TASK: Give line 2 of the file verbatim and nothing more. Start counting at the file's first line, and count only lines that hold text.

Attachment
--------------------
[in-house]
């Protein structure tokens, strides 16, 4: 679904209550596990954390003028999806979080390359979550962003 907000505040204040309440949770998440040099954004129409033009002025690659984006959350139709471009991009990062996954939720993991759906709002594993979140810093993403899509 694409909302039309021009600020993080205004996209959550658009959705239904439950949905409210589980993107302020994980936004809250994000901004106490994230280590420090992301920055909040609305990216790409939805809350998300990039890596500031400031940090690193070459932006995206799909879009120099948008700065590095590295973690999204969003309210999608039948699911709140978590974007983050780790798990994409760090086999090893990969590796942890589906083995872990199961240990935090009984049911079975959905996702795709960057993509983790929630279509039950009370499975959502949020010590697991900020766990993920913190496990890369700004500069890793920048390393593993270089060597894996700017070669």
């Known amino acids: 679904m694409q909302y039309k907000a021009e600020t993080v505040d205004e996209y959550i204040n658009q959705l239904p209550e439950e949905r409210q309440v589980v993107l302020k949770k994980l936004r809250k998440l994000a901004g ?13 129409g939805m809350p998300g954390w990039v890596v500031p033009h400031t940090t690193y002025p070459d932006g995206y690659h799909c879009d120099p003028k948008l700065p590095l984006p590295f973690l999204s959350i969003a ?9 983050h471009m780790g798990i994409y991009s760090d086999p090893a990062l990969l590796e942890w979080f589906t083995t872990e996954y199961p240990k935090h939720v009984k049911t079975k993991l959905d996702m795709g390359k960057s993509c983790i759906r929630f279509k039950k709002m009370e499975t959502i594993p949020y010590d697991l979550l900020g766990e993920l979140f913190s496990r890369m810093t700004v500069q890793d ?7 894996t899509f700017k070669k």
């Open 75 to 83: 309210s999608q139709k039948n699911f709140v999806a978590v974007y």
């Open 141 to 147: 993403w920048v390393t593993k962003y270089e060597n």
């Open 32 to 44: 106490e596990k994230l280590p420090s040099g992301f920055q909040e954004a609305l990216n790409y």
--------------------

């Protein structure tokens, strides 16, 4: 679904209550596990954390003028999806979080390359979550962003 907000505040204040309440949770998440040099954004129409033009002025690659984006959350139709471009991009990062996954939720993991759906709002594993979140810093993403899509 694409909302039309021009600020993080205004996209959550658009959705239904439950949905409210589980993107302020994980936004809250994000901004106490994230280590420090992301920055909040609305990216790409939805809350998300990039890596500031400031940090690193070459932006995206799909879009120099948008700065590095590295973690999204969003309210999608039948699911709140978590974007983050780790798990994409760090086999090893990969590796942890589906083995872990199961240990935090009984049911079975959905996702795709960057993509983790929630279509039950009370499975959502949020010590697991900020766990993920913190496990890369700004500069890793920048390393593993270089060597894996700017070669």